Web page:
Large Collection of St. Louis Neon Signs and Memorabilia to be Sold at Auction

Large Collection of St. Louis Neon Signs and Memorabilia to be Sold at Auction

For over fifty years Greg Rhomberg, the former CEO of Nu Way Concrete Forms who passed away last year, collected and restored neon signs and other St. Louis memorabilia. Half a century later the collection has become an extensive private museum in a nondescript building called Antique Warehouse in Lemay, just south of St. Louis city.

Greg Rhomberg (center) speaks to attendees at a private event.

The 10,000 square foot facility includes all types of signage advertising St. Louis companies, coin operated machines, antique cash registers, amusement rides, pinball machines, cars, trucks, tractors and antique recreational vehicles as well as a collection of “keys to the city of St. Louis” given out by various mayoral administrations.

The original Grant’s Farm tram that operated when the park opened in 1954. Manufactured by The National Amusement Device Co.  Dayton, Ohio U.S.A.

The collection includes the original 1954 tram from Grant’s Farm as well as numerous fire engines from the 1920’s, through the 1950’s that have undergone meticulous frame-off restorations, including a 1932 General Monarch Pumper model built in St. Louis for the city of Kirkwood.

The neon collection is said to be the second largest collection of neon signs in the Midwest, behind the American Sign Museum in Cincinnati, OH. One of the unique things about the signs at Antique Warehouse is that they’re almost exclusively from St. Louis.

Hanging from the steel trusses at the museum is the original 10’ wide Busch’s Grove sign from the storied restaurant that closed in 2003, a “Root Beer” sign that once hung outside Ted Drewes, a Griesedieck Brothers Beer sign, Budweiser and Falstaff signs, multiple signs for Pevely Dairy/Ice Cream, a neon from OT Hodge’s Chile Parlor, signage from Crown Candy Kitchen, Carl’s Drive-In, Brown Shoe Company, and advertising for Magic Chef stove co.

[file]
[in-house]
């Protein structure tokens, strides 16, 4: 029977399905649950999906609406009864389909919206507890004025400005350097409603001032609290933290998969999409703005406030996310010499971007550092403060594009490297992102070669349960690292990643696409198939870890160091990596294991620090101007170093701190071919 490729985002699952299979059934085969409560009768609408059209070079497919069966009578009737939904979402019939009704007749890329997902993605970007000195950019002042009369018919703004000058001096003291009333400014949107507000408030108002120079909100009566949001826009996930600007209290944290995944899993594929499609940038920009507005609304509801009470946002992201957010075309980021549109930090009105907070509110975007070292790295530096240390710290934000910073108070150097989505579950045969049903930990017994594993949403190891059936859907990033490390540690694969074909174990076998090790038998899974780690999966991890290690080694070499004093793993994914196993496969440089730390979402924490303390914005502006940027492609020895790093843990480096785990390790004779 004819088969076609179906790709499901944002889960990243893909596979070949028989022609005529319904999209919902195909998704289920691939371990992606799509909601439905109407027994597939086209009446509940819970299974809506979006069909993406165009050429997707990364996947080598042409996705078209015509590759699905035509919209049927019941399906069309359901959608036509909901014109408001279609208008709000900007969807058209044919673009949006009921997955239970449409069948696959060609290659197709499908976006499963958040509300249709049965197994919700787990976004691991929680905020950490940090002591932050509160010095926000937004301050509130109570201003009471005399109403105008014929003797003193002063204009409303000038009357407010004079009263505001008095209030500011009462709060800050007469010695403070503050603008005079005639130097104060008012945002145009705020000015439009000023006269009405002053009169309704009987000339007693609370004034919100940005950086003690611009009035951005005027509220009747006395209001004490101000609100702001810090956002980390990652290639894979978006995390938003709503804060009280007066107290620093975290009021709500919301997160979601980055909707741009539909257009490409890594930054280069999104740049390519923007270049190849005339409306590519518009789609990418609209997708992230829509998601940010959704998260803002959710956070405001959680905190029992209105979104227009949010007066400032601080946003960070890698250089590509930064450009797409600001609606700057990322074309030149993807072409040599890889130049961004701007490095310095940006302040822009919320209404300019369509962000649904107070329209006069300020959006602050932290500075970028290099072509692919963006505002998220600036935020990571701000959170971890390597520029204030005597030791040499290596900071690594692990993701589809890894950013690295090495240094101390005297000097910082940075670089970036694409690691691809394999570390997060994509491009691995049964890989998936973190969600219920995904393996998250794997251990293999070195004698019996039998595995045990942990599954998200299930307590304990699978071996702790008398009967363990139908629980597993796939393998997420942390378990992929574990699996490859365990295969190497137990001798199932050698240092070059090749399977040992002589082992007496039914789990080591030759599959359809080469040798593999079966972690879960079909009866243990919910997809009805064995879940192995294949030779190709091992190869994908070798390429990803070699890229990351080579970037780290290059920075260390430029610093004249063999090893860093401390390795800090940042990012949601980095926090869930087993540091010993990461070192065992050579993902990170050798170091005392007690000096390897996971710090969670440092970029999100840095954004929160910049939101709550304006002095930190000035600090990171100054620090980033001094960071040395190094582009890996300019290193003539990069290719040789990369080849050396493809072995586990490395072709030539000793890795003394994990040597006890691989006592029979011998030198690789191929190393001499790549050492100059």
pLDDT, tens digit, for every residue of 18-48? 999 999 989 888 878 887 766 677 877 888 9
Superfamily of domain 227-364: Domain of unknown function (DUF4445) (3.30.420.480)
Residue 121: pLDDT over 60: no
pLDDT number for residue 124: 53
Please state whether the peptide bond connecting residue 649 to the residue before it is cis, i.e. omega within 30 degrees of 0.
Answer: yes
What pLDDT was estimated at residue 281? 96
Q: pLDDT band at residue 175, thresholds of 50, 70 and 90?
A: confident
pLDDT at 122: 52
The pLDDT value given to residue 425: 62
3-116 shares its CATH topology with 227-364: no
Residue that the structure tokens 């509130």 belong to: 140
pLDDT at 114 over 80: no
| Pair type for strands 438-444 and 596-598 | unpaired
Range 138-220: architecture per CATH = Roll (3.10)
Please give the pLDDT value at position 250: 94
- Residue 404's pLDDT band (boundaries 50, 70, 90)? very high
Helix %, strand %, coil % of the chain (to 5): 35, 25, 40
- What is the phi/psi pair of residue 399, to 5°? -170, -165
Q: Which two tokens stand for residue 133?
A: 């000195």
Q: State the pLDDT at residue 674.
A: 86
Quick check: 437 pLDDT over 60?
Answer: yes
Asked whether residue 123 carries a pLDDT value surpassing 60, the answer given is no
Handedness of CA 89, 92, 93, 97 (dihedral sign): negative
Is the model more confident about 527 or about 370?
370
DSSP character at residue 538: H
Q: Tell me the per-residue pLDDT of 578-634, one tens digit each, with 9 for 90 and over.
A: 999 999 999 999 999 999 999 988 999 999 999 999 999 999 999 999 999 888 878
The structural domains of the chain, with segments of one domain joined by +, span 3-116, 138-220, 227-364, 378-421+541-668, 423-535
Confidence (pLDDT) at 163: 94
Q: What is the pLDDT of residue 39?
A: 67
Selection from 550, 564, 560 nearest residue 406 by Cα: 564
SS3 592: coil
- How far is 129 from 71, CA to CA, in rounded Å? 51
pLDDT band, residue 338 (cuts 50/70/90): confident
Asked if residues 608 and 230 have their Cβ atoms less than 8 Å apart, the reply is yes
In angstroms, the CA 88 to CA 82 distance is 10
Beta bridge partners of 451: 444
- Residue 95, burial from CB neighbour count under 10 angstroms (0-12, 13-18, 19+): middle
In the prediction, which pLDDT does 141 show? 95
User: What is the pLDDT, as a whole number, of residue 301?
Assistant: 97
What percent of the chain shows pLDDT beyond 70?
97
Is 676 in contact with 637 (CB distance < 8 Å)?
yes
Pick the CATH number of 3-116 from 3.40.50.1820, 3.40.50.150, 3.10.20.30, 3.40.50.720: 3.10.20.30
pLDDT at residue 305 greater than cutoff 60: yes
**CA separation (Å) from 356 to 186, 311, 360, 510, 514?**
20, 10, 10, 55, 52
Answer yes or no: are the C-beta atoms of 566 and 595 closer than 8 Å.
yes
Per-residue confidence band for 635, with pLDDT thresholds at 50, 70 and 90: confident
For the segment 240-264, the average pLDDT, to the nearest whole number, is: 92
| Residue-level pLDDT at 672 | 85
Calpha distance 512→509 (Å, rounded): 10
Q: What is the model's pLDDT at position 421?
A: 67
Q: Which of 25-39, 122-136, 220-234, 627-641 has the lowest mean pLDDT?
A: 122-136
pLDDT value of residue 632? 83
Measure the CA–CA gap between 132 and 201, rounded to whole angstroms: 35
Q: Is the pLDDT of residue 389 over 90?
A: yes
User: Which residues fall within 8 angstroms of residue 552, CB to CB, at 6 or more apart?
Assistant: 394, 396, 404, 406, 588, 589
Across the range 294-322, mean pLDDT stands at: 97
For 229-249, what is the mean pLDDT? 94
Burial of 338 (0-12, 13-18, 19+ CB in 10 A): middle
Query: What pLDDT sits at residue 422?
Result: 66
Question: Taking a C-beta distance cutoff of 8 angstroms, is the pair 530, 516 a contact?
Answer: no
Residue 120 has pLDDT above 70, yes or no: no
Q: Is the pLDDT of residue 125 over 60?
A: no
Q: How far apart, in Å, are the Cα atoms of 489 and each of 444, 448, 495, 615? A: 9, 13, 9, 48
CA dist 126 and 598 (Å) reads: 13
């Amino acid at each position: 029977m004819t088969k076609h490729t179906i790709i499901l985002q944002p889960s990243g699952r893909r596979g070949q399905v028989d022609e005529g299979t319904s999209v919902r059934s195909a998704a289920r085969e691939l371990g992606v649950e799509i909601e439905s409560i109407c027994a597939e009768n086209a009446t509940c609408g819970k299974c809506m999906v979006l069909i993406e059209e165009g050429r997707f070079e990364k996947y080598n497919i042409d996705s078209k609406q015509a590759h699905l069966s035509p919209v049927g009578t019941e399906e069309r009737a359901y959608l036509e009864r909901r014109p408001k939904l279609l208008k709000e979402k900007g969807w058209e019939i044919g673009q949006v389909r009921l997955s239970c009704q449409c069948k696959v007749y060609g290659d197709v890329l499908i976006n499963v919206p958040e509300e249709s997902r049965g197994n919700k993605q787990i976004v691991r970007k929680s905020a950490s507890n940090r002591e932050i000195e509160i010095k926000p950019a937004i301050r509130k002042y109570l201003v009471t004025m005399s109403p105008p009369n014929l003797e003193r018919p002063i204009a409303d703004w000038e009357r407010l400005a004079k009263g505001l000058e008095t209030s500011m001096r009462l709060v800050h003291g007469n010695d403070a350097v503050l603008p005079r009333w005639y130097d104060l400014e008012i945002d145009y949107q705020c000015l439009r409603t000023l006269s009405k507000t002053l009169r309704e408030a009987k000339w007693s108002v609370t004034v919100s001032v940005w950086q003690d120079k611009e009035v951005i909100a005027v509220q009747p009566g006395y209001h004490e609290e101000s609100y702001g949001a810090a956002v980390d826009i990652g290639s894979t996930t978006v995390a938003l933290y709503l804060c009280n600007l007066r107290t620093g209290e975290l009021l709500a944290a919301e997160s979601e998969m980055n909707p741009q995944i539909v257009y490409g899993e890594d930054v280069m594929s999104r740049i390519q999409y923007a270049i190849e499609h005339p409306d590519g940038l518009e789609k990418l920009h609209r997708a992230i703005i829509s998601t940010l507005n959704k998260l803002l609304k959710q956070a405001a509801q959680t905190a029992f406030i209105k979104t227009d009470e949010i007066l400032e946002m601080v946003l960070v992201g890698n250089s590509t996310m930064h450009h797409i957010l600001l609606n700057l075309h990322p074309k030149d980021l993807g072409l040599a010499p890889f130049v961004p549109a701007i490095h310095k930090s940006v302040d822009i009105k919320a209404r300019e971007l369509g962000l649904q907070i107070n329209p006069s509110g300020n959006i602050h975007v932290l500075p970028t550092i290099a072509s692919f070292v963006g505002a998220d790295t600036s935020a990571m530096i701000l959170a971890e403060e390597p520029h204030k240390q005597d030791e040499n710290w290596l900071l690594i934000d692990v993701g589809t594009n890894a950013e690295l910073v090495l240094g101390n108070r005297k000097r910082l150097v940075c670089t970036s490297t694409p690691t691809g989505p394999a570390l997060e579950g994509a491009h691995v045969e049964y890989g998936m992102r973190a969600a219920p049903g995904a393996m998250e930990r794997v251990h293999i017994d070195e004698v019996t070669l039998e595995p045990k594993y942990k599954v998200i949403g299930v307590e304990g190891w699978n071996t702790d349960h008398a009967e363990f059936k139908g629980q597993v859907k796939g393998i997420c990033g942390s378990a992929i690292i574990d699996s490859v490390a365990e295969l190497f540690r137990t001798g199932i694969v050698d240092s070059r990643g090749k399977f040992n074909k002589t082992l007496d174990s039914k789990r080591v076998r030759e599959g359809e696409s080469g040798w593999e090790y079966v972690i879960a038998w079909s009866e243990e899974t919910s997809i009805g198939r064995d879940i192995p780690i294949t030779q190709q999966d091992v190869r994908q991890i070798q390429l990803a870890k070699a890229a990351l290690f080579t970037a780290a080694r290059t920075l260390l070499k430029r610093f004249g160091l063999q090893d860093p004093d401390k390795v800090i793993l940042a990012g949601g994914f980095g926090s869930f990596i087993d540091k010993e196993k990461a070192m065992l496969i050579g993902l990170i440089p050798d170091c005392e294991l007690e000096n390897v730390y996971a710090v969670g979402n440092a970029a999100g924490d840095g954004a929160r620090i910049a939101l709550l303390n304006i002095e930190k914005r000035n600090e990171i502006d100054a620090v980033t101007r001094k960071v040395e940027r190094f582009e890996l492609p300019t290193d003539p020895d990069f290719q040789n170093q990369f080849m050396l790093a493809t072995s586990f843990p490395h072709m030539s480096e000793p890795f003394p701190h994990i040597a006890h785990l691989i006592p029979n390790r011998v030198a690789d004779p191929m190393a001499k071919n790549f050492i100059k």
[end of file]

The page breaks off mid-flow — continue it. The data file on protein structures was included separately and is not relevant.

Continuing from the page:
Rhomberg often talked about his vision for making the collection public. The Antique Warehouse website states that “the Antique Warehouse is a private museum with the intentions of one day being a public museum.” In a 2010 interview with the St. Louis Post-Dispatch, Rhomberg said “I’m working toward opening a sign museum”.

The Missouri Jewelite Building, 1948.

Rhomberg had previously inquired about purchasing the Missouri Jewelite building to open a museum in collaboration with St. Louis artist and sign-painter Bill Christman. There were also preliminary discussions about incorporating the collection into the National Building Arts Center in Sauget, IL.

The Antique Warehouse collection is Greg’s legacy and the culmination of his life-long dedication to preserving the history and cultural heritage of St. Louis.

Unfortunately, it seems as though Greg’s vision will not become a reality. Greg passed away unexpectedly in January of 2023. It is not known what his will states, but multiple sources who wish to remain anonymous have told NextSTL that Pennsylvania-based auction company Morphy Auctions has been contracted to liquidate the majority of the collection later this year and that items will be relocated to Las Vegas prior to the auction with the expectation that will yield higher bids. The auction is expected to take place in November.


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